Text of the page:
One of the varieties of persimmons we have at the orchard is called hyakume. It's a large yellowish persimmon that becomes brown inside if it has been pollinated. If hyakume is pollinated it can be eaten when it's hard, but if it is not pollinated, you must wait to eat it until it becomes soft like jello. A hard unpollinated hyakume will make your mouth pucker up and dry out worse than the greenest banana you could ever taste.
Maru persimmons are the same way, they must be pollinated and brown inside to be edible when they're hard. Hyakume is also called "cinnamon" persimmon, and maru is called "chocolate" since they are both shades of brown inside when pollinated. Both hyakume and maru are very sweet if you choose them carefully. They also each have a slightly different flavor than fuyu (another variety of persimmon that is always edible when hard).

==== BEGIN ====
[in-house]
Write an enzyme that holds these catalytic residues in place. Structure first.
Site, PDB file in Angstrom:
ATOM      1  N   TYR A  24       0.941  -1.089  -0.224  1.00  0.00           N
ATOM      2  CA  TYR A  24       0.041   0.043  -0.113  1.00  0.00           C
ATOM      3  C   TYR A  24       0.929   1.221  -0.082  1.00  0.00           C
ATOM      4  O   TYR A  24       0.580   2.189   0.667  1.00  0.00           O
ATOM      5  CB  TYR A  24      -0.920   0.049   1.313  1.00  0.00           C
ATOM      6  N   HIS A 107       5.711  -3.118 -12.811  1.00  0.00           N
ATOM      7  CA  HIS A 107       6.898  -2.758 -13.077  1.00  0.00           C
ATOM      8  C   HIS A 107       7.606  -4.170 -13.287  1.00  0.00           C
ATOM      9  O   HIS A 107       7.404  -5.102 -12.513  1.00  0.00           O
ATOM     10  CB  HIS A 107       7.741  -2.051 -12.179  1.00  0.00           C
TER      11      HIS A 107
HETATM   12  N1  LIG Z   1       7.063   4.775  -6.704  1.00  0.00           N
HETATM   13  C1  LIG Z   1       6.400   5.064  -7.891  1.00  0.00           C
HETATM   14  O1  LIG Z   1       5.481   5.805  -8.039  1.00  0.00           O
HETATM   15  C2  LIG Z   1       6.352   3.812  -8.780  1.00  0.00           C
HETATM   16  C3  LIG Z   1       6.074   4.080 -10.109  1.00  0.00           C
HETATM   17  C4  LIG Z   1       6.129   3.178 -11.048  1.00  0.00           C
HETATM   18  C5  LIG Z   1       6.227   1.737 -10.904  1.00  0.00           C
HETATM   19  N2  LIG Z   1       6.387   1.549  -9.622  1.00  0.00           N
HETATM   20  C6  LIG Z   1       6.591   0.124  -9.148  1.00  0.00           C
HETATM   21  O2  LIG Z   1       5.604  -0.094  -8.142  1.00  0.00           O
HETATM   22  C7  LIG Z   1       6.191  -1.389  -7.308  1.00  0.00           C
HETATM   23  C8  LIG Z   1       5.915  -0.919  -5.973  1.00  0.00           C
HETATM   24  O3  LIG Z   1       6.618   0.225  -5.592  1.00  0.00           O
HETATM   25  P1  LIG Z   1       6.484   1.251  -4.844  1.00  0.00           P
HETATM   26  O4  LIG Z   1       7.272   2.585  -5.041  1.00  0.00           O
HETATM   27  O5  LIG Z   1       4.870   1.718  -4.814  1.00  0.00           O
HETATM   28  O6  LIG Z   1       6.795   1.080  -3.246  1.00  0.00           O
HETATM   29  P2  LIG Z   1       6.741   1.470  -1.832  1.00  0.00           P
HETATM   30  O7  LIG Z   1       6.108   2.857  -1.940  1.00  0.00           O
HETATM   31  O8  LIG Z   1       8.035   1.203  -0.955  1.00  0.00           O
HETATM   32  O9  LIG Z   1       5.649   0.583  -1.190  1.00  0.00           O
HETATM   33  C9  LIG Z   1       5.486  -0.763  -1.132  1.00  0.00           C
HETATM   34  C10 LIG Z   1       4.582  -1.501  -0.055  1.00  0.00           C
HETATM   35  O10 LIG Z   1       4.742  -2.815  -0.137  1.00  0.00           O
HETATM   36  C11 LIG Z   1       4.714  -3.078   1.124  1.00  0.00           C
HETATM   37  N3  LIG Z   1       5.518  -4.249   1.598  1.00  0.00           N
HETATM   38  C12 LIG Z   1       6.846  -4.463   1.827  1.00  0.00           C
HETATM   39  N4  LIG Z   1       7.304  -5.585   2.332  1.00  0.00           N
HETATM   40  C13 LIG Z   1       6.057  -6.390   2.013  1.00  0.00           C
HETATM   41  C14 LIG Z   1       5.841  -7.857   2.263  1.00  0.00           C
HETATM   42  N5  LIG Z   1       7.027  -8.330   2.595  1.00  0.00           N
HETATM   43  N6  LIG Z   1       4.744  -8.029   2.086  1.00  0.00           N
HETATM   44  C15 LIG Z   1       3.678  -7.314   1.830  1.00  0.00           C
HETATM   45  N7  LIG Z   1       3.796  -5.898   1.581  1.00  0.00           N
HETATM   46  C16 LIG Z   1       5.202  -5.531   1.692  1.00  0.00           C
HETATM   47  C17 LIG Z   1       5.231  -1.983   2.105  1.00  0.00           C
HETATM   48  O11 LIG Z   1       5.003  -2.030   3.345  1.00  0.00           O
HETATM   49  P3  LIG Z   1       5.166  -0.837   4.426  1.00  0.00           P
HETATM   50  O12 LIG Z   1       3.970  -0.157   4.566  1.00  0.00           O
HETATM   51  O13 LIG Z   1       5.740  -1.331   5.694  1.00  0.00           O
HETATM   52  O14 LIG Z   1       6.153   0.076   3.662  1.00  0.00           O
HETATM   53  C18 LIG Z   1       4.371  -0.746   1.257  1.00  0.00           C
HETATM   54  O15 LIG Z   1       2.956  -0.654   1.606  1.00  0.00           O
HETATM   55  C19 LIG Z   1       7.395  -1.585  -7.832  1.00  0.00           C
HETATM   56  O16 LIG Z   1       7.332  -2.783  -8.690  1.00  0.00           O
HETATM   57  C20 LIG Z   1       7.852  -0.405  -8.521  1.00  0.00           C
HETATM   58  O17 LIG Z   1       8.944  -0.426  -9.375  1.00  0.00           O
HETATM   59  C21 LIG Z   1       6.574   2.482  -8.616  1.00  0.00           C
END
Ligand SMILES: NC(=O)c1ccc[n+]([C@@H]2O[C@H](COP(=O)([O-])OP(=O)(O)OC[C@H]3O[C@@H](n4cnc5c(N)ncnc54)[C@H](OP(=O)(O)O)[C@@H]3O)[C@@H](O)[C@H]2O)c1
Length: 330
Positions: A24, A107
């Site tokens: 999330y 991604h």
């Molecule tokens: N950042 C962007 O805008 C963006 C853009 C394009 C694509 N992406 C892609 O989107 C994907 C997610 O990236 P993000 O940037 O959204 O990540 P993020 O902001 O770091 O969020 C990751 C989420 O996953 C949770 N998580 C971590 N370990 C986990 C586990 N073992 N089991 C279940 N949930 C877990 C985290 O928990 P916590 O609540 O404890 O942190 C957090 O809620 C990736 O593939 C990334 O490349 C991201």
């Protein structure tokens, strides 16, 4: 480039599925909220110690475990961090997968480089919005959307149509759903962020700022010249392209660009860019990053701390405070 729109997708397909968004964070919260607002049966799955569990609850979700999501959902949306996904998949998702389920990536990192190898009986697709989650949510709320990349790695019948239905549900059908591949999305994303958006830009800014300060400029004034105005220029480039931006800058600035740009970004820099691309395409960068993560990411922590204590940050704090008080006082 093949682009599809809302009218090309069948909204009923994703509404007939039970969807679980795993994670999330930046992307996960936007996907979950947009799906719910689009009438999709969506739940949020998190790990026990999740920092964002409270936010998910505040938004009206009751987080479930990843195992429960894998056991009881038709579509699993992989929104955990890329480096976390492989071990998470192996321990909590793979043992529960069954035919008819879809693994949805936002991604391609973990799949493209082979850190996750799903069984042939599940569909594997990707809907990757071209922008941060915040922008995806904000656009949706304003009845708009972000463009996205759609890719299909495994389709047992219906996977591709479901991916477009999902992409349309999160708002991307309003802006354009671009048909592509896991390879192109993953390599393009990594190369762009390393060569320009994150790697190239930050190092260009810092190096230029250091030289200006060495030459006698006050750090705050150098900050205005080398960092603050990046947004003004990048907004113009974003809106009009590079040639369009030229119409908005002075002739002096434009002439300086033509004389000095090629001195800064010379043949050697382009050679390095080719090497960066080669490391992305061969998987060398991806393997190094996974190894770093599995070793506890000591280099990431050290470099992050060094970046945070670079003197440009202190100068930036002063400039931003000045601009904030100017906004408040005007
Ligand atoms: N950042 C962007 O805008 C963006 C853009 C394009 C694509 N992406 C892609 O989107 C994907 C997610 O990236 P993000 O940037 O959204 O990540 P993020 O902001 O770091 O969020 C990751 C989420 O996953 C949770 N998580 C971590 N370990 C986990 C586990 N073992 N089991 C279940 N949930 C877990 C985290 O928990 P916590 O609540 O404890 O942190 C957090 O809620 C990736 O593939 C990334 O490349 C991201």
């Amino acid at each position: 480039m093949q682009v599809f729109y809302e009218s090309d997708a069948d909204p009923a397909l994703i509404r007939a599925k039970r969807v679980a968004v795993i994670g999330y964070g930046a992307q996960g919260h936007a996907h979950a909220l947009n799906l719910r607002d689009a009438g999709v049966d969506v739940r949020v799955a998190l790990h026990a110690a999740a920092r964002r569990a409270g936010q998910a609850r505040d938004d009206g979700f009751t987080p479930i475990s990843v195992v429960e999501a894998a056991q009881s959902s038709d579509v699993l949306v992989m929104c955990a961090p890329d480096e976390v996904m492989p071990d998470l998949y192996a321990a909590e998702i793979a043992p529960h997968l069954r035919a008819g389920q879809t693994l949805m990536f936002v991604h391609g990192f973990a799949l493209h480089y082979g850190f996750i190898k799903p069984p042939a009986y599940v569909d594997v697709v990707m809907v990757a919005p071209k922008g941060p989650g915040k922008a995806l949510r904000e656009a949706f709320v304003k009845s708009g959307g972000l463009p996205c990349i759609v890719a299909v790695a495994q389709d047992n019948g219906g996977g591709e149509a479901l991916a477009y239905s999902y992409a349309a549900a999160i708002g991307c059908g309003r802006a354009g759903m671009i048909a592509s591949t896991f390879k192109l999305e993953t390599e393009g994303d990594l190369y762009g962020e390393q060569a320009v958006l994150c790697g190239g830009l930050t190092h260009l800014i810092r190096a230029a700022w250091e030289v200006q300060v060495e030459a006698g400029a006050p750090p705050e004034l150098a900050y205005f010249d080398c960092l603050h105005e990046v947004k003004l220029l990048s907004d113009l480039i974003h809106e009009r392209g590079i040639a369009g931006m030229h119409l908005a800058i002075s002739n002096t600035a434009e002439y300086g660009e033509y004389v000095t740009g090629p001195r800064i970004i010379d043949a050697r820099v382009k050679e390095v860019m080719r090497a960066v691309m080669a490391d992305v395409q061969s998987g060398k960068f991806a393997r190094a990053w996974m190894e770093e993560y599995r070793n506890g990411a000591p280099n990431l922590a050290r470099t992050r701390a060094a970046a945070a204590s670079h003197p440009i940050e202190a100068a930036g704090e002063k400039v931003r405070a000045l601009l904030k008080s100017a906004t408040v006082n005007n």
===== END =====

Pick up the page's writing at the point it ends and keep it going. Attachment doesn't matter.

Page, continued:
Because it is difficult to tell if the hyakume are pollinated, we treat some of the fruit with vodka to sweeten them and take away the astringency. We sell these as "vodka-treated hyakume", although they are also called amagaki persimmons. Amagaki is Japanese for a non-astringent type of persimmon. The process of treating persimmons with alcohol (vodka or any other type) is called awasu, and is a process brought here from Japan by Japanese American farmers.
After treating each hyakume persimmon with a few drops of vodka and letting them rest for a number of days, all of the fruits are sweet and ready to eat, even though they are firm. We no longer have to worry about whether or not it was pollinated, and all of the treated hyakume can then be eaten firm or in any stage of softness. The first hyakume of the season has now been treated and is at the fruit stand for sale.
At left is a photo of a hyakume growing on a tree in our orchard.